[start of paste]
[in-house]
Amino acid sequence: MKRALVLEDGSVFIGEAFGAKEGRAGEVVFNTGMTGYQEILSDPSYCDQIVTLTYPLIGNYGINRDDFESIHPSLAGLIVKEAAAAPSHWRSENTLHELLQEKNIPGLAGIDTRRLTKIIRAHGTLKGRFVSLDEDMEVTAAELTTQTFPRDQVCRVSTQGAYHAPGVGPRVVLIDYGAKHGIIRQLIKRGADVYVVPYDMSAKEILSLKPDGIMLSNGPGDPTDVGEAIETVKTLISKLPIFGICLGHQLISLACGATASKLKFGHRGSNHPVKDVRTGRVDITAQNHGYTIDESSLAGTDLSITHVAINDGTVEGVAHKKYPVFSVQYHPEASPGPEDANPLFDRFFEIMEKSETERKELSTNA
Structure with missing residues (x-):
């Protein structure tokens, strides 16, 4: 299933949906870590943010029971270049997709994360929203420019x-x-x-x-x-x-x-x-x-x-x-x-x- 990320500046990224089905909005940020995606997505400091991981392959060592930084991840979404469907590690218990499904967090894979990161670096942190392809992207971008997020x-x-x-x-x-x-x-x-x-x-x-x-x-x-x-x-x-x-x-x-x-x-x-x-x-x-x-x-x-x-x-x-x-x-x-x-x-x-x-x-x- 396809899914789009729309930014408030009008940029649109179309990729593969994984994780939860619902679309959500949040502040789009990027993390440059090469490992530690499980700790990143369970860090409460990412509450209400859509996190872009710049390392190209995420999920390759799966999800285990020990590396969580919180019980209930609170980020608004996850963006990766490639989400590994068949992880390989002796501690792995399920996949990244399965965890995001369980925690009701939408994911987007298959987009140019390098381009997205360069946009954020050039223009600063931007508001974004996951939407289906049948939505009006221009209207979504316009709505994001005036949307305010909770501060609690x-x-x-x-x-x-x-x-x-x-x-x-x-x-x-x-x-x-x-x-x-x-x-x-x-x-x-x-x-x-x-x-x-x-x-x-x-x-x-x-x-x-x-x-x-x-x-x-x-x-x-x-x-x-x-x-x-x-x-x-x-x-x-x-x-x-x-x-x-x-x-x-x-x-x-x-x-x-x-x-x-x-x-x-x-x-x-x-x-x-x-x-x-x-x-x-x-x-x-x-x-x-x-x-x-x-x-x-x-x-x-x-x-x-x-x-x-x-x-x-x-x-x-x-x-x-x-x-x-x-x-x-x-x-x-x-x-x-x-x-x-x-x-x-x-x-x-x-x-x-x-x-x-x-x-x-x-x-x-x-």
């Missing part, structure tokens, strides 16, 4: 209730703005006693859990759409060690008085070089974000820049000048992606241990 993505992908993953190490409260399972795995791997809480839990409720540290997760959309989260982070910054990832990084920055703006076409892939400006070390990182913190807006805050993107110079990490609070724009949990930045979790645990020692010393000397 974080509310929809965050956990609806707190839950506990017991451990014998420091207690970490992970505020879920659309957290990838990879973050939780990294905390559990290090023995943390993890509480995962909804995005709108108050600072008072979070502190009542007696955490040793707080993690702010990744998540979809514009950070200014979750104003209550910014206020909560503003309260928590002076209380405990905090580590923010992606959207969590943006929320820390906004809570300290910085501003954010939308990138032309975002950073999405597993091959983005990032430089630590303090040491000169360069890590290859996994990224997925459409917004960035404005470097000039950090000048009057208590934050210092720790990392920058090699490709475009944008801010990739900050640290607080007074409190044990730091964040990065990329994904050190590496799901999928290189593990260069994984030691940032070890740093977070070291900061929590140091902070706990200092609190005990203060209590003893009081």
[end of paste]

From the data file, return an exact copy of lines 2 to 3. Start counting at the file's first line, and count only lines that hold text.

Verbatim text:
Amino acid sequence: MKRALVLEDGSVFIGEAFGAKEGRAGEVVFNTGMTGYQEILSDPSYCDQIVTLTYPLIGNYGINRDDFESIHPSLAGLIVKEAAAAPSHWRSENTLHELLQEKNIPGLAGIDTRRLTKIIRAHGTLKGRFVSLDEDMEVTAAELTTQTFPRDQVCRVSTQGAYHAPGVGPRVVLIDYGAKHGIIRQLIKRGADVYVVPYDMSAKEILSLKPDGIMLSNGPGDPTDVGEAIETVKTLISKLPIFGICLGHQLISLACGATASKLKFGHRGSNHPVKDVRTGRVDITAQNHGYTIDESSLAGTDLSITHVAINDGTVEGVAHKKYPVFSVQYHPEASPGPEDANPLFDRFFEIMEKSETERKELSTNA
Structure with missing residues (x-):